Publicly available satellite images and open-source information provide a valuable breadth of view into Boko Haram’s expansion and cat-and-mouse game with the military around the Sambisa forest, the vast savannah woodland now synonymous with the twelve-year-old insurgency in Northeast Nigeria.
The Sambisa forest and adjoining areas were once known as a sanctuary for wildlife and part of a game reserve situated in the Chad Basin National Park. After analysing images of some of the settlements in the area, HumAngle observed notable changes in the construction of shelters that occurred after 2014 when the insurgency reached its peak and the terror group dominated the area.
Photos and videos from military operations alongside Google Earth satellite images give rare insights into the group’s exploitation of the geography and the nature of settlements, which are usually constructed using natural and accessible materials such as earth, straw, and corrugated iron.
During the recent military incursion in the area, the advancing troops encountered relics of destroyed buildings as well as shelters used by the insurgents and often situated beneath a canopy of trees to conceal them from surveillance and attack aircraft.
As part of the operation codenamed Desert Sanity, troops swept through the Njimia-Alafa-Camp Zairo axis of Sambisa with the Army releasing a picture of destroyed shelters in the geotagged location. Satellite imagery of this location also reveals the shift from a green landscape to an area with buildings and access roads.
The area is 14.1 km from the debris of the crashed Alpha Jet (NAF475) that went missing with two crew members last year and about 1.2 km from the Njimia area where the military in March destroyed a Suicide Vehicle-borne Improvised Explosive Device (SVBIED) employed in a defensive role by ISWAP. The terror group had earlier deployed a SVBIED in an attempt to thwart military operations in Arra, about 16 km from Njimia.
Satellite imagery indicates that a previous community existed in the area before 2011 and a rapid expansion occurred in 2014 alongside changes in the layout and construction of buildings. Images from 2016 and 2017 show widespread destruction and the presence of roofless buildings. These damages were likely related to a 2016 clearance operation by the military. In early 2018, what appeared to be new buildings sprang up but they vanished months later. However, farming activities and shelters were observable nearby.
In 2020, the Air Force shared a video showing airstrikes carried out at the Njimia area after intelligence, surveillance, and reconnaissance missions led to target detection. The area continued to evolve with the appearance of new shelters in 2021, particularly along a major road that connects the area to Dure I in the west and Dure II in the east.
Dure is located within the general area of Sambisa near Njimia, Alafa, and Camp Zairo. The settlement appears to have a large cluster of buildings that are mostly constructed around trees. Satellite images between 2008 and 2013 show green vegetation with no signs of human habitation and activities.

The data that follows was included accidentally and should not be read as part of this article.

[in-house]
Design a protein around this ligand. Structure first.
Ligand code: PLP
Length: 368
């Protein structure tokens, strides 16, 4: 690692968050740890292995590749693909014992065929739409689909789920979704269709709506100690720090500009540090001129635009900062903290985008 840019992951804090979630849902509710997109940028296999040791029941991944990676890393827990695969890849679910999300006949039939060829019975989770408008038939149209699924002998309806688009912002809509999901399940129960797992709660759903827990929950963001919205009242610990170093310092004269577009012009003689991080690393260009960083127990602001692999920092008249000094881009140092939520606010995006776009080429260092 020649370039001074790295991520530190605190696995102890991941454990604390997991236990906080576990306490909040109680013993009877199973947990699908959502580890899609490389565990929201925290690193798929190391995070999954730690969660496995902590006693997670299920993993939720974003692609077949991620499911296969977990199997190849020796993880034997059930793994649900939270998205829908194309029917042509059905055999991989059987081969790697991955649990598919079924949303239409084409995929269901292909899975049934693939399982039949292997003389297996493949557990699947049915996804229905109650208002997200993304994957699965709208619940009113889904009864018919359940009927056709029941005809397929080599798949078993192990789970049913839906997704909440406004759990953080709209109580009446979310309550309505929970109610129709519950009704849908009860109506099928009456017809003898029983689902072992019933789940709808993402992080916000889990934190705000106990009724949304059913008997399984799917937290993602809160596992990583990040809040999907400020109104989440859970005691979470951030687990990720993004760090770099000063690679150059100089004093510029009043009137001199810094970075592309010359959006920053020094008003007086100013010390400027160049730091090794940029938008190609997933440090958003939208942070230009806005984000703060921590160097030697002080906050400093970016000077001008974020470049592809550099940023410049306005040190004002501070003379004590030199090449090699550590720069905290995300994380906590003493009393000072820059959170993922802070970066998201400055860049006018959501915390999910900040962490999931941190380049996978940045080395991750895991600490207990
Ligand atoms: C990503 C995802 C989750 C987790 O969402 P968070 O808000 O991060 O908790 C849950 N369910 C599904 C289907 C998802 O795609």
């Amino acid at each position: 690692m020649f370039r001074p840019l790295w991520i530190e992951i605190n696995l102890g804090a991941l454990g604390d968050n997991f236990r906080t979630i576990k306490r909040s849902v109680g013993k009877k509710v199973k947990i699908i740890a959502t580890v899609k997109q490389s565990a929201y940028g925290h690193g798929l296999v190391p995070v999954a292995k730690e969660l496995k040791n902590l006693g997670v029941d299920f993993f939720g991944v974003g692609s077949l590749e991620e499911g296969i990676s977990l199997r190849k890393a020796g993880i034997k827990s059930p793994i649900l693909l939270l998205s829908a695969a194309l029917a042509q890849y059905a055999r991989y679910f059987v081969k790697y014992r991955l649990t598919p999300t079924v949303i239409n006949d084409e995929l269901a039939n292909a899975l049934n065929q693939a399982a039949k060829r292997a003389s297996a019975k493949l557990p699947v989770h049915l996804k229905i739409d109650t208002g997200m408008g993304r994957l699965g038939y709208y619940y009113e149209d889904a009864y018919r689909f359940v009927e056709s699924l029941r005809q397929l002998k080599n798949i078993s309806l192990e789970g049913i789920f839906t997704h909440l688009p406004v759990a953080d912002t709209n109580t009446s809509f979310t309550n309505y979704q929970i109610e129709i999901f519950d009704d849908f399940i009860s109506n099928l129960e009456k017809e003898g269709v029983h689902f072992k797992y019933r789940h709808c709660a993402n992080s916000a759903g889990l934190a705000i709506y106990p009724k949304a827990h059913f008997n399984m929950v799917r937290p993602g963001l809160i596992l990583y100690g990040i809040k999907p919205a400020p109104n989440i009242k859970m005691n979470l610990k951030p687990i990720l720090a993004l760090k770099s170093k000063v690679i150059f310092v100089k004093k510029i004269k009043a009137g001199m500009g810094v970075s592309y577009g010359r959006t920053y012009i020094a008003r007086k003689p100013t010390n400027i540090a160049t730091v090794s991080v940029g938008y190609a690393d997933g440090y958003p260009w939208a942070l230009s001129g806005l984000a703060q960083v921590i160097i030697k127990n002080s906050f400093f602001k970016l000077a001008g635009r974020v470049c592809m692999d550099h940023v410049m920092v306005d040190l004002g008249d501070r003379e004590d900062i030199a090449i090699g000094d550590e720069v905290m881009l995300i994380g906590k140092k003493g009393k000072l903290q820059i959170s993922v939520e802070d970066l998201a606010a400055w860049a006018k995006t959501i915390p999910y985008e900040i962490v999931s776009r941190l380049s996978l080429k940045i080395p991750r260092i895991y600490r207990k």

In 2014, evidence of human activities including access roads appeared. Four years later, buildings emerged across the location with more expansion noticeable in 2020 and 2021. The Dure area also has a network of dirt roads accessible to vehicles and motorcycles for movement within the settlement and other areas including southwards towards the heart of Sambisa.
HumAngle in a recent report on the operation in Sambisa noted that troops pushed deeper into the forest, leading to the capture of a vast number of weapons and equipment. The military had previously carried out raids in Njimia, Dure, and Alafa. Camp Zairo, also known as Camp Zero, was equally in the news in March 2022, the first quarter of 2018 and the last quarter of 2016 due to operations in the area.
The areas around Sambisa forest are not only characterised by the build-up and expansion of settlements. They also include uprooted communities such as Tokombere, located west of the forest and south of Camp Zairo. The oldest Google Earth record of the area from 2001 shows the presence of several houses, which grew in number towards 2011.
The community became smaller in 2014 with destroyed houses visible on satellite imagery. In 2015, troops reportedly dislodged a Boko Haram camp in the village. By the following year, it had become a shadow of itself and the remains of the buildings continued to deteriorate.
Mansir Muhammed, HumAngle’s Geographic Information System (GIS) and Open Source specialist, says it is important to study this information because they help to understand patterns of settlement, displacement, and migration. Some of the clues include the appearance or disappearance of roofs, thickness of vegetation, presence of structures and pathways, and whether these structures are makeshift or permanent.
“Even minute changes enough to affect the landscape of a place do not escape the lens of the eyes in the sky,” notes Mansir.
“Depending on the extent and duration of the actions of the people on the landscape, there is often a trail marking the vestiges of activities in the area. Thanks to the readily available open source satellite imagery on different platforms, we can monitor changes, particularly with respect to security, and make assessment of situations.”
He adds that the use of satellite imagery provides a unique look into the growth of settlements in and around Sambisa alongside the impact on communities that existed in the area before the insurgency. It also shows the impact of military bombardments and the group’s survival tactic of melting away and returning to an area after the conclusion of military operations.
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